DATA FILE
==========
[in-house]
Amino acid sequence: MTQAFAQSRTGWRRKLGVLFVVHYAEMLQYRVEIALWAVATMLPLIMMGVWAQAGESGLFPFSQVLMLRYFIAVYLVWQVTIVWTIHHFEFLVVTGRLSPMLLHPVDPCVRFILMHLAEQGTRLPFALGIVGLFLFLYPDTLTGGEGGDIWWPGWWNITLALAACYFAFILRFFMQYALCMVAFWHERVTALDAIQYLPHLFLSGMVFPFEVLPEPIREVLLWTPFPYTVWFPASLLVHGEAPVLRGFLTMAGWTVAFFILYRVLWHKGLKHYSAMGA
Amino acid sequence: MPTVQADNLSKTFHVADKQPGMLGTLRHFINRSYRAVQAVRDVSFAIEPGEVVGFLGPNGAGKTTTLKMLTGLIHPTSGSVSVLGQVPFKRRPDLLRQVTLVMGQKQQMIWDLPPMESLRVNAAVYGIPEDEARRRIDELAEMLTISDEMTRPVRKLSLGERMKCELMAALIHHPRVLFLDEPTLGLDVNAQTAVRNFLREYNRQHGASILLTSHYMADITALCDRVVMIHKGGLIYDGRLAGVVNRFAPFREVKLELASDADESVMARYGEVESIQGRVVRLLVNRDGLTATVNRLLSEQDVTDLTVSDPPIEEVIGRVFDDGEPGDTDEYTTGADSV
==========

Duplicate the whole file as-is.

[in-house]
Amino acid sequence: MTQAFAQSRTGWRRKLGVLFVVHYAEMLQYRVEIALWAVATMLPLIMMGVWAQAGESGLFPFSQVLMLRYFIAVYLVWQVTIVWTIHHFEFLVVTGRLSPMLLHPVDPCVRFILMHLAEQGTRLPFALGIVGLFLFLYPDTLTGGEGGDIWWPGWWNITLALAACYFAFILRFFMQYALCMVAFWHERVTALDAIQYLPHLFLSGMVFPFEVLPEPIREVLLWTPFPYTVWFPASLLVHGEAPVLRGFLTMAGWTVAFFILYRVLWHKGLKHYSAMGA
Amino acid sequence: MPTVQADNLSKTFHVADKQPGMLGTLRHFINRSYRAVQAVRDVSFAIEPGEVVGFLGPNGAGKTTTLKMLTGLIHPTSGSVSVLGQVPFKRRPDLLRQVTLVMGQKQQMIWDLPPMESLRVNAAVYGIPEDEARRRIDELAEMLTISDEMTRPVRKLSLGERMKCELMAALIHHPRVLFLDEPTLGLDVNAQTAVRNFLREYNRQHGASILLTSHYMADITALCDRVVMIHKGGLIYDGRLAGVVNRFAPFREVKLELASDADESVMARYGEVESIQGRVVRLLVNRDGLTATVNRLLSEQDVTDLTVSDPPIEEVIGRVFDDGEPGDTDEYTTGADSV